The Alice-in-Wonderland quality of Van Hollen's desperate arguments to obstruct voters is being repeated across the state, if not covered in local broadcast media.

Van Hollen claims he's worried about disenfranchising voters as he defends the GOP law, though the law's disenfranchising voters is the very reason the GOP law has been halted (stopped from taking effect by judicial injunctions) by two judges.

"Continued uncertainty surrounding the conduct of elections represents the potential for irreparable harm to electors and the franchise," said Van Hollen in a line used in one appellate district's case.

Earlier, in another district, Van Hollen said, "If, as we hope, the injunction is overturned before the election, those relying on the injunction may be left without an opportunity to obtain their IDs by the date of the election.”

So, Van Hollen admits the law is going to stop some legal, constitutionally qualified, and registered Wisconsin voters from voting if the injunction is halted (stayed).

And Van Hollen says the law needs to be made operative (injunction stayed) for voters' sake because Van Hollen is concerned the law will stop legal, constitutionally qualified, and registered Wisconsin voters from voting.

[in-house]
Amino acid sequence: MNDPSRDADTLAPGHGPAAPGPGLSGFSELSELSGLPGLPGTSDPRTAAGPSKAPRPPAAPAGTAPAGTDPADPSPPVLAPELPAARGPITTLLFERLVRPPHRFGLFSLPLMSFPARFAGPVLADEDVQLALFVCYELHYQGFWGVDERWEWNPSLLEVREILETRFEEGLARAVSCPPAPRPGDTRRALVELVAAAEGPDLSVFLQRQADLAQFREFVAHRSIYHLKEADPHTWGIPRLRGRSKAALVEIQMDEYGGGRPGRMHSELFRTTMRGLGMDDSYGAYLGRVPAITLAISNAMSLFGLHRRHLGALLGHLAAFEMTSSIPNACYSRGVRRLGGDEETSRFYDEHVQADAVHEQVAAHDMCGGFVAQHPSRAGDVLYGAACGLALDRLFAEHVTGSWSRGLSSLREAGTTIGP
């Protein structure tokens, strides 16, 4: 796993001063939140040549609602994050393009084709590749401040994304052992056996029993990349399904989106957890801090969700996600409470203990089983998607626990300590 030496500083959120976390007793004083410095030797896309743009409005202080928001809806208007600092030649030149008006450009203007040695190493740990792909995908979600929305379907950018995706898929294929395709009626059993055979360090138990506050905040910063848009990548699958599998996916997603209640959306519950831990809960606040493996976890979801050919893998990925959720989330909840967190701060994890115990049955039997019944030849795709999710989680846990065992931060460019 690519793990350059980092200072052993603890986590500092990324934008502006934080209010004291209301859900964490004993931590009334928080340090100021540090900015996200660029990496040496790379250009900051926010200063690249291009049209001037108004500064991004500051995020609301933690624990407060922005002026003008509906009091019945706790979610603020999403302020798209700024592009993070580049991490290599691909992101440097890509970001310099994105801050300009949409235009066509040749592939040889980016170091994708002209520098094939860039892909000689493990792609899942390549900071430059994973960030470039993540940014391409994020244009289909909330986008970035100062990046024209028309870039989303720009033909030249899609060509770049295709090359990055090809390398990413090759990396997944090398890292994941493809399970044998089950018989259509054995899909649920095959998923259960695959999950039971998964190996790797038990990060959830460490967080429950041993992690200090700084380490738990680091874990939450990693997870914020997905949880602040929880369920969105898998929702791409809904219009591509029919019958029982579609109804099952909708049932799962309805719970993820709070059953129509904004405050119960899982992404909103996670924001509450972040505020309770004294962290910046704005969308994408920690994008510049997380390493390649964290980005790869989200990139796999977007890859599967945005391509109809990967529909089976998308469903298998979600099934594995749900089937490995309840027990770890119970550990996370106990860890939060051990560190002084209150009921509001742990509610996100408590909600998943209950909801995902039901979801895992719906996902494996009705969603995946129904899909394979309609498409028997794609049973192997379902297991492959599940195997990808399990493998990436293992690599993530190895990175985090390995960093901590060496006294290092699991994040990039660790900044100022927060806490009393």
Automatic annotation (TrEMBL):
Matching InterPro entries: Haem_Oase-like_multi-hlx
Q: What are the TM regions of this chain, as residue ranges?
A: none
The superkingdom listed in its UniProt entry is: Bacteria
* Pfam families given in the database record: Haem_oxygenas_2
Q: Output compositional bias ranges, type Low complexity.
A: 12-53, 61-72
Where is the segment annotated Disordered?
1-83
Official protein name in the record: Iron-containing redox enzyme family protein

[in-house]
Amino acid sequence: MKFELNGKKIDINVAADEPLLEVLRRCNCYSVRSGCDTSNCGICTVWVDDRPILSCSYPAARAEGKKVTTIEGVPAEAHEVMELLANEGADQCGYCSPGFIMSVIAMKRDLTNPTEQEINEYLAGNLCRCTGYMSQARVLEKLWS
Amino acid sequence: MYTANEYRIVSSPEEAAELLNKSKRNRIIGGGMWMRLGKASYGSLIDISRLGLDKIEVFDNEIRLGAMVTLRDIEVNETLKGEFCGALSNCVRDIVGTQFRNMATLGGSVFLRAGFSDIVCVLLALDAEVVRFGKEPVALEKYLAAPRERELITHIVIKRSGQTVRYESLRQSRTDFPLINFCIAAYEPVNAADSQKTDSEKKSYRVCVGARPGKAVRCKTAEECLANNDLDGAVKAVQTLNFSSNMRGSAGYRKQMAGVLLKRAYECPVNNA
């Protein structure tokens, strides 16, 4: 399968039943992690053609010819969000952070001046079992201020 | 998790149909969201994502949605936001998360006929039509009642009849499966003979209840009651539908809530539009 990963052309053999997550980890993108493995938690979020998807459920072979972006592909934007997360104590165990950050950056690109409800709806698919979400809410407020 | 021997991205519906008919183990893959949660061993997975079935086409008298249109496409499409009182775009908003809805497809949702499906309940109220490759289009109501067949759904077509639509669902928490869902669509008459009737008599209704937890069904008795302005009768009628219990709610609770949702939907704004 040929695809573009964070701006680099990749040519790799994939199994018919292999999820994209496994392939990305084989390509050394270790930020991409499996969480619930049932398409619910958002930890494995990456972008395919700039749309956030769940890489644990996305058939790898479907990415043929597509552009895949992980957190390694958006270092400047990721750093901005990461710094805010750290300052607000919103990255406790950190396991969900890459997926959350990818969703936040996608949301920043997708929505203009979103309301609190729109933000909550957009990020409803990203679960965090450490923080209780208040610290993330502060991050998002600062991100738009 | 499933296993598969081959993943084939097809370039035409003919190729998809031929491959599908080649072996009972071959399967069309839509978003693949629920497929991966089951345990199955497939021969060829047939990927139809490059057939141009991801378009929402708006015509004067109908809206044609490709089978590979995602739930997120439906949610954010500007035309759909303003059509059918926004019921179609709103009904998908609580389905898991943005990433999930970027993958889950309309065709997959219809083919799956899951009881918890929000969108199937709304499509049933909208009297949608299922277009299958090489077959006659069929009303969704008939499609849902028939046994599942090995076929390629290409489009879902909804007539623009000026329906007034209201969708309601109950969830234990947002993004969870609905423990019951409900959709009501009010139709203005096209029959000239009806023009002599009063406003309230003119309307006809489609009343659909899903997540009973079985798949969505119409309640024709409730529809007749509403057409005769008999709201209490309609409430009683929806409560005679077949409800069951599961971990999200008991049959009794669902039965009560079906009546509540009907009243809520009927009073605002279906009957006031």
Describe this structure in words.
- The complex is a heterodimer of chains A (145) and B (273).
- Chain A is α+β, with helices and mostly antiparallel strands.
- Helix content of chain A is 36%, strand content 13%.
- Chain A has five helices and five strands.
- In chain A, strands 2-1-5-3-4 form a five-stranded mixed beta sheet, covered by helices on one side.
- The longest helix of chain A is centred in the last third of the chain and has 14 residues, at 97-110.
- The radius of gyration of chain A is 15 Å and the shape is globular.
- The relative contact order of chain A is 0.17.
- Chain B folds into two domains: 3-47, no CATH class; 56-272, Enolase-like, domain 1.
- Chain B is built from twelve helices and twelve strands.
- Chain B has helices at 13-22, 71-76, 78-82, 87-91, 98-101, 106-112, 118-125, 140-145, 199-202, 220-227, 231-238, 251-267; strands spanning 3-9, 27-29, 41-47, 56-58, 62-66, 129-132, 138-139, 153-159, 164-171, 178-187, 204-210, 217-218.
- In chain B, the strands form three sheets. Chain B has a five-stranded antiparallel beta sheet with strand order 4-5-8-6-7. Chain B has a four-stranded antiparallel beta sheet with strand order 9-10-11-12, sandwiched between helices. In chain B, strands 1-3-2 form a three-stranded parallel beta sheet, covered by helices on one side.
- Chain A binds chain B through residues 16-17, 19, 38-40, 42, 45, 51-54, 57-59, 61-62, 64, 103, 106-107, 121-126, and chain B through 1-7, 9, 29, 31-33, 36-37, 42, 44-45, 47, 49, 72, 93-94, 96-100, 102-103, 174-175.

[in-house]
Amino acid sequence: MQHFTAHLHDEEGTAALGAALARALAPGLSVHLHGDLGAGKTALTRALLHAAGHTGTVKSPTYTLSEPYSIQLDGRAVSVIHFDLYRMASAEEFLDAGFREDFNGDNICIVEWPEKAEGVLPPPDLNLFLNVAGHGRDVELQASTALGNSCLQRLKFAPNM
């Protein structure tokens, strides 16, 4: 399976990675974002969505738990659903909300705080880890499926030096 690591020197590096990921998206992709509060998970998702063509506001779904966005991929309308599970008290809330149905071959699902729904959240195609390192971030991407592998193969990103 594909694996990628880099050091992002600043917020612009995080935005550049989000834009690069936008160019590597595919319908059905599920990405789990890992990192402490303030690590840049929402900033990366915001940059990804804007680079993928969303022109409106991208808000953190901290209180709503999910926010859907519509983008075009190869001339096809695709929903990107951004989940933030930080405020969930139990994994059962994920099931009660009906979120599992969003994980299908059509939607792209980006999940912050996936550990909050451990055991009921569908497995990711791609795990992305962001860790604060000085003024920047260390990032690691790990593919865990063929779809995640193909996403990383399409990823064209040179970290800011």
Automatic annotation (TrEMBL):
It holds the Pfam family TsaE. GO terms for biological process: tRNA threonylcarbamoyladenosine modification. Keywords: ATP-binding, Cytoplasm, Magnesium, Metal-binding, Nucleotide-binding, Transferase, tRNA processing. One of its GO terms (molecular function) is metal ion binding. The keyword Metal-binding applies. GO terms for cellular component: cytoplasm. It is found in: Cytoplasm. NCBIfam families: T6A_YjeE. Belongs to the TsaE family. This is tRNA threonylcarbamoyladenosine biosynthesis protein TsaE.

If this argument makes no sense to you, it's likely you live in the realm of reason—far from the world of Van Hollen, Scott Walker and the party of voter obstruction.

By the same logic, a political party can pass an unconstitutional law that takes away your rights
- Courts then rule the law an unconstitutional violation of your rights and stop it from taking effect
- The Party's attorney general then says he is going to appeal in favor of the law to appellate judges, creating uncertainty
- This uncertainty, he argues, mandates the appellate Courts to reinstate the law (staying injunctions) out of concern for the rights violated by the law


Crazy arguments aside, the apparent strategy of the Republican Party as Van Hollen makes one motion after another (and one appeal after another) is to amass as many adverse-to-the-GOP rulings as possible and hope the Supreme Court hears their case in time to stop Democratic-leaning voters from casting their votes in the 2012 November election, and as many elections as possible.

As Van Hollen's office continues its efforts, an April district court trial on the law looms.

Several attorneys have told me they cannot believe the voter obstruction law can survive the Wisconsin Supreme Court as the Court has recognized throughout Wisconsin history the voter protections of the Wisconsin Constitution against politicians' trying to stop voters from voting.

But as the four GOP partisans on the Supreme Court have committed one outrageous action after another, I am not as sure.